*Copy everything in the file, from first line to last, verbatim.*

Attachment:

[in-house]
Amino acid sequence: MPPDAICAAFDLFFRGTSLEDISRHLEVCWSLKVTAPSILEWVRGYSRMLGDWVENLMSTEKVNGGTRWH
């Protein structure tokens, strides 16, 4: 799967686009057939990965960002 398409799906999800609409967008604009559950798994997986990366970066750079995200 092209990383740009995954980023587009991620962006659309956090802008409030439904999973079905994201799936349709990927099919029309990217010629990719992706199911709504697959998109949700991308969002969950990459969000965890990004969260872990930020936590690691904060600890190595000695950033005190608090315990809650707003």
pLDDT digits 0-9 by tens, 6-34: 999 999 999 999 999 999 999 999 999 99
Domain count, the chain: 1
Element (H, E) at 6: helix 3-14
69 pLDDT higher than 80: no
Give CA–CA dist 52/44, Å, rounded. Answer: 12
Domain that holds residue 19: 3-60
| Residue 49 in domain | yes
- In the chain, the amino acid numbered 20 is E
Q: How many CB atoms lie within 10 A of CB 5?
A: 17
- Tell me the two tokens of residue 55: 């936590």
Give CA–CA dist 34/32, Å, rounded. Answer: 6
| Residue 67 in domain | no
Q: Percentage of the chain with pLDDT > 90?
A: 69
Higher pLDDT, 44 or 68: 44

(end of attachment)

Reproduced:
[in-house]
Amino acid sequence: MPPDAICAAFDLFFRGTSLEDISRHLEVCWSLKVTAPSILEWVRGYSRMLGDWVENLMSTEKVNGGTRWH
């Protein structure tokens, strides 16, 4: 799967686009057939990965960002 398409799906999800609409967008604009559950798994997986990366970066750079995200 092209990383740009995954980023587009991620962006659309956090802008409030439904999973079905994201799936349709990927099919029309990217010629990719992706199911709504697959998109949700991308969002969950990459969000965890990004969260872990930020936590690691904060600890190595000695950033005190608090315990809650707003």
pLDDT digits 0-9 by tens, 6-34: 999 999 999 999 999 999 999 999 999 99
Domain count, the chain: 1
Element (H, E) at 6: helix 3-14
69 pLDDT higher than 80: no
Give CA–CA dist 52/44, Å, rounded. Answer: 12
Domain that holds residue 19: 3-60
| Residue 49 in domain | yes
- In the chain, the amino acid numbered 20 is E
Q: How many CB atoms lie within 10 A of CB 5?
A: 17
- Tell me the two tokens of residue 55: 């936590």
Give CA–CA dist 34/32, Å, rounded. Answer: 6
| Residue 67 in domain | no
Q: Percentage of the chain with pLDDT > 90?
A: 69
Higher pLDDT, 44 or 68: 44